Posted in Itch to Stitch, Style Arc | Tagged , , | 9 Comments

Marfy Jacket 1756 Part IV

I can still not believe that – finally–I finished the Marfy Jacket.


The last post about it was in July last year. All I had to do was placing the pockets, hemming and inserting the lining. But after summer I was not motivated to work on the jacket and so it hang on my dress form and looked at me accusingly every day…

I found my motivation in this book: Thomas von Nordheim, Vintage Couture Tailoring. I had this on my wishlist forever, and finally decided to buy it. I was not disappointed. Usually, I skip the first chapters of sewing books, but this one kept my interest and I read it from cover to cover.

I did not just finish the jacket according to the instructions, I even unpicked the hem (that I had already  catchstiched in place) and the sleeves! I followed the instructions step by step. Most steps are described very clearly, and together with the pictures easy to follow.

The jacket is far from perfect, but it was a great learning experience and I am confident to use these techniques again for future jackets.

So, what did I do?

The hem:

I unpicked my already catchstiched hem and placed silk organza strips at the bottom. As the hem line is curved, I did not use a single strip, but several pieces, always from seam to seam.

The sleeves:

What was completely new to me was a technique that has you ease in the armhole to get the fabric closer to the body:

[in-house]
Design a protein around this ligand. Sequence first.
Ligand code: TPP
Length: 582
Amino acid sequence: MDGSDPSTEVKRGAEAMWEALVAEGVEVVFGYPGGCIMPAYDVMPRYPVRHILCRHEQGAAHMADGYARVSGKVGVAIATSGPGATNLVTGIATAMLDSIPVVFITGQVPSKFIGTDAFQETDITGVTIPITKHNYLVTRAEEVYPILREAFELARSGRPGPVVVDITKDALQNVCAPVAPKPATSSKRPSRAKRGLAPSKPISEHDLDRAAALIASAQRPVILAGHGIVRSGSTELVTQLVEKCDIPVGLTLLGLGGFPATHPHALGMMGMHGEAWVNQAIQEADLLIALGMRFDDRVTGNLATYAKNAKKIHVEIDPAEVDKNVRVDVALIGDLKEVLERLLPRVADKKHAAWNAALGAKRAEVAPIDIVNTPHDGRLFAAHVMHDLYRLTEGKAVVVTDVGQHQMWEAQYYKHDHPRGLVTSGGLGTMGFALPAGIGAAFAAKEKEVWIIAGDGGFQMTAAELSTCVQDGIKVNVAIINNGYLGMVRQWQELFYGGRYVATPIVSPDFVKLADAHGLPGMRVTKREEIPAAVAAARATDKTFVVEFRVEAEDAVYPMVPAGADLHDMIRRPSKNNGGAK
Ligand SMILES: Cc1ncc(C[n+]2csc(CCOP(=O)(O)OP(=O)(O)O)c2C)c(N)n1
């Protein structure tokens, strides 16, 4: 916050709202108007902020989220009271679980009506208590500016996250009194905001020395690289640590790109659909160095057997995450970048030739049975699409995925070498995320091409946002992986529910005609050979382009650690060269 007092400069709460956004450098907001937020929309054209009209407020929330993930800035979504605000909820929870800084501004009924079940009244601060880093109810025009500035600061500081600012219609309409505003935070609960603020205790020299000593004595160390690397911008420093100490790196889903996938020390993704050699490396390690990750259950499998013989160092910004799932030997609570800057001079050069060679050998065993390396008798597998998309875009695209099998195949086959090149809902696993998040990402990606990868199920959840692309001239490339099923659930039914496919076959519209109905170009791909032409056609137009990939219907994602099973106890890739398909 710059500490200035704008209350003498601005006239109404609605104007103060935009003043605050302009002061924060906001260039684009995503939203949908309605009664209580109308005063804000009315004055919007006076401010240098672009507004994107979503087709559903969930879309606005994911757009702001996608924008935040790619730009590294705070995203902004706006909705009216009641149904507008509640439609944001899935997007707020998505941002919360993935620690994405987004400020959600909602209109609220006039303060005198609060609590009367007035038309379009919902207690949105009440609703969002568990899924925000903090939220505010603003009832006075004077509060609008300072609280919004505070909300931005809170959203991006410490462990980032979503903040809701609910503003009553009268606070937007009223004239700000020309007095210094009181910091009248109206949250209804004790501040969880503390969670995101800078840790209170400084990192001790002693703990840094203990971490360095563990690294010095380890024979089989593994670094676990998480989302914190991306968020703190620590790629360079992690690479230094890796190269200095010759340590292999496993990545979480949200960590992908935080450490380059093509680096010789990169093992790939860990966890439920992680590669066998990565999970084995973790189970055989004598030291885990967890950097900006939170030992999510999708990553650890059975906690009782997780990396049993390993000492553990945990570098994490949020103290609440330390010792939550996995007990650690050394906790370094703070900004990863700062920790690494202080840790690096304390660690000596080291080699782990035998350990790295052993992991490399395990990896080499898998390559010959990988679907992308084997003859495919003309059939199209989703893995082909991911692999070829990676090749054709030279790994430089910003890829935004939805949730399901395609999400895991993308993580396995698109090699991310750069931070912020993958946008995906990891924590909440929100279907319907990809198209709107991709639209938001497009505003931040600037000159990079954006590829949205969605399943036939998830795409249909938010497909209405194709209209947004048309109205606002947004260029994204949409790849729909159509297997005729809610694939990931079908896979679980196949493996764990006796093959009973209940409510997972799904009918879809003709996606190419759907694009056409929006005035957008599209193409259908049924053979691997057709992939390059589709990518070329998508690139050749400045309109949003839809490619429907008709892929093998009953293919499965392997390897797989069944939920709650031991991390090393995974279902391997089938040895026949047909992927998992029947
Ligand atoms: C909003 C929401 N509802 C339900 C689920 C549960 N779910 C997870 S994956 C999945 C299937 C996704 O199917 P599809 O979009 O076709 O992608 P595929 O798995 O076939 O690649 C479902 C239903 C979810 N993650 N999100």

2015-05-05-Marfy1756-armhole2You see in the picture above the difference (left side is not yet eased in). The difference is subtle.

The sleeve cap was eased in before pinning it into the armhole. When I was happy how it hang, I first basted it in, then sewed it with the machine. The sleeve head is padded with ice wool. This works really good, as you can push it into the cap. I added also thin shoulder pads.

I do not recall all the single steps for the sleeve vent, but these vents are the best I have done so far.


I added piping around the jacket. It is quite easy but looks so much more professional. I used fabric scraps from my Marfy blouse. The only issue I had was with that corner at the neckline. I needed half an hour figuring out how to fold the piping so that it went around this corner only to realize that it was too much on the outside. Again half an hour to realign it….

Here is an inside view of the jacket before attaching the lining:



The Lining:

I wanted to use the same lining as for my Marfy skirt, but it was too sheer. I found a dark green taffeta like lining fabric in my stash that matched beautifully. It is a bit thick and was difficult to handle, probably more suitable for a coat and not a jacket.

Body and sleeves of the lining were attached separately. Attaching the body was easy, but I had some difficulties with the sleeves. You really have to pay attention that you do not pull on the lining too much so that it causes wrinkles in the jacket itself.